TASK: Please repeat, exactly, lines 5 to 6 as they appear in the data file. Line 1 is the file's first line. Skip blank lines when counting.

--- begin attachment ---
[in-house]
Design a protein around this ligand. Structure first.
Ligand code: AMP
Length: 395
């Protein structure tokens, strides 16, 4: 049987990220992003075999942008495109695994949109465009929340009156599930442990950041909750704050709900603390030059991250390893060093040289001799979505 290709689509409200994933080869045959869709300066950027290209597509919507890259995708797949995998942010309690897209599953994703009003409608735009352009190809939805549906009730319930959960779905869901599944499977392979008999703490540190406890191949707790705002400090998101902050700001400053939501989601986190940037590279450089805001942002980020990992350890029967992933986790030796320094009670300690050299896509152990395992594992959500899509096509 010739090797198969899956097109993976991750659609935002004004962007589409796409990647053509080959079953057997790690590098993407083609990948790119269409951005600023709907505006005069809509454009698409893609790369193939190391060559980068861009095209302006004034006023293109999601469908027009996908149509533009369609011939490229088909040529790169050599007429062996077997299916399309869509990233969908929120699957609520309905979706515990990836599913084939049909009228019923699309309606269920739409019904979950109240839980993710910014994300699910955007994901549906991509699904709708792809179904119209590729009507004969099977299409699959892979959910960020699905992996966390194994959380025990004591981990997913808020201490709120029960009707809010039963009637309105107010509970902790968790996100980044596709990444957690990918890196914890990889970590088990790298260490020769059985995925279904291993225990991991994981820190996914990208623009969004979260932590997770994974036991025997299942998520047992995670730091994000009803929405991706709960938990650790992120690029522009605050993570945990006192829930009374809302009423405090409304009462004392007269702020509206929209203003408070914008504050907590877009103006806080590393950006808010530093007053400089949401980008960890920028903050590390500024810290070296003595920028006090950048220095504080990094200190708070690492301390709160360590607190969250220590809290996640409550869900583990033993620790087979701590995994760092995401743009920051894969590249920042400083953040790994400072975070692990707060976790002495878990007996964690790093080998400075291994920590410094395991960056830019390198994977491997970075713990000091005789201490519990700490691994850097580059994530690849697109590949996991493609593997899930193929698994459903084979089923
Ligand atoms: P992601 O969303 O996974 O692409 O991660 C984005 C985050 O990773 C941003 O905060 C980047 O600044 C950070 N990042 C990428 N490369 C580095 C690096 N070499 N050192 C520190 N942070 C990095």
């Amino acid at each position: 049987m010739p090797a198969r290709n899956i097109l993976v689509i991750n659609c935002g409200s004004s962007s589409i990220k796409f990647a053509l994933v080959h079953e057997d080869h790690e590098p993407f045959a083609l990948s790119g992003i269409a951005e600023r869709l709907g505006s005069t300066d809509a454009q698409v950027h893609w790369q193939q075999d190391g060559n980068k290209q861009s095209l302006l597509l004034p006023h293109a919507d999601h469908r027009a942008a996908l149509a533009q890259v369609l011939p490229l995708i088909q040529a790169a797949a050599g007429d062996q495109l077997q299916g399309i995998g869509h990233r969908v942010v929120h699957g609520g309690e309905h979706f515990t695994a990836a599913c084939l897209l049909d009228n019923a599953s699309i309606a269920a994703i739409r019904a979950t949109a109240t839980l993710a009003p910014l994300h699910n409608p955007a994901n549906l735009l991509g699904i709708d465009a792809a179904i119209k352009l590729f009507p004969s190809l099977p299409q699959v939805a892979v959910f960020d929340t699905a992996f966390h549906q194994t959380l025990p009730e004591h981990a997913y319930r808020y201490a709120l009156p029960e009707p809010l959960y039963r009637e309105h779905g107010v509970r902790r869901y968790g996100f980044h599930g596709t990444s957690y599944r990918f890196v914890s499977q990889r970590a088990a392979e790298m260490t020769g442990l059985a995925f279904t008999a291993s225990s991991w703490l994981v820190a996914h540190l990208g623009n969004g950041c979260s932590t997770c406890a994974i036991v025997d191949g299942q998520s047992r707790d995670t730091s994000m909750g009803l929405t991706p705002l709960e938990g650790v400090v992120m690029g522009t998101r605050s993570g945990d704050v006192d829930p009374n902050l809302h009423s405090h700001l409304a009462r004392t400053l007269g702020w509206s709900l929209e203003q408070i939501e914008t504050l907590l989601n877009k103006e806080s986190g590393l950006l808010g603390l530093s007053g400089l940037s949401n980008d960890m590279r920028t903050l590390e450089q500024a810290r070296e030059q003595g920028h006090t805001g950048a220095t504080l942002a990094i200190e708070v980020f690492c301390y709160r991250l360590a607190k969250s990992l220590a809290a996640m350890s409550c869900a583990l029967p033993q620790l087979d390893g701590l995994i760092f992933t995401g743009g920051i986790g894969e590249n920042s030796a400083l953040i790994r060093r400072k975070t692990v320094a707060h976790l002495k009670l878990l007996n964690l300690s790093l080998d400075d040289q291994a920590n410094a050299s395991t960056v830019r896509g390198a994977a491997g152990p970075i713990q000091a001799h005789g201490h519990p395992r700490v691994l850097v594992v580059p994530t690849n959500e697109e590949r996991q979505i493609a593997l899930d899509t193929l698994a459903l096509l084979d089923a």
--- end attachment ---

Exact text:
């Protein structure tokens, strides 16, 4: 049987990220992003075999942008495109695994949109465009929340009156599930442990950041909750704050709900603390030059991250390893060093040289001799979505 290709689509409200994933080869045959869709300066950027290209597509919507890259995708797949995998942010309690897209599953994703009003409608735009352009190809939805549906009730319930959960779905869901599944499977392979008999703490540190406890191949707790705002400090998101902050700001400053939501989601986190940037590279450089805001942002980020990992350890029967992933986790030796320094009670300690050299896509152990395992594992959500899509096509 010739090797198969899956097109993976991750659609935002004004962007589409796409990647053509080959079953057997790690590098993407083609990948790119269409951005600023709907505006005069809509454009698409893609790369193939190391060559980068861009095209302006004034006023293109999601469908027009996908149509533009369609011939490229088909040529790169050599007429062996077997299916399309869509990233969908929120699957609520309905979706515990990836599913084939049909009228019923699309309606269920739409019904979950109240839980993710910014994300699910955007994901549906991509699904709708792809179904119209590729009507004969099977299409699959892979959910960020699905992996966390194994959380025990004591981990997913808020201490709120029960009707809010039963009637309105107010509970902790968790996100980044596709990444957690990918890196914890990889970590088990790298260490020769059985995925279904291993225990991991994981820190996914990208623009969004979260932590997770994974036991025997299942998520047992995670730091994000009803929405991706709960938990650790992120690029522009605050993570945990006192829930009374809302009423405090409304009462004392007269702020509206929209203003408070914008504050907590877009103006806080590393950006808010530093007053400089949401980008960890920028903050590390500024810290070296003595920028006090950048220095504080990094200190708070690492301390709160360590607190969250220590809290996640409550869900583990033993620790087979701590995994760092995401743009920051894969590249920042400083953040790994400072975070692990707060976790002495878990007996964690790093080998400075291994920590410094395991960056830019390198994977491997970075713990000091005789201490519990700490691994850097580059994530690849697109590949996991493609593997899930193929698994459903084979089923
Ligand atoms: P992601 O969303 O996974 O692409 O991660 C984005 C985050 O990773 C941003 O905060 C980047 O600044 C950070 N990042 C990428 N490369 C580095 C690096 N070499 N050192 C520190 N942070 C990095």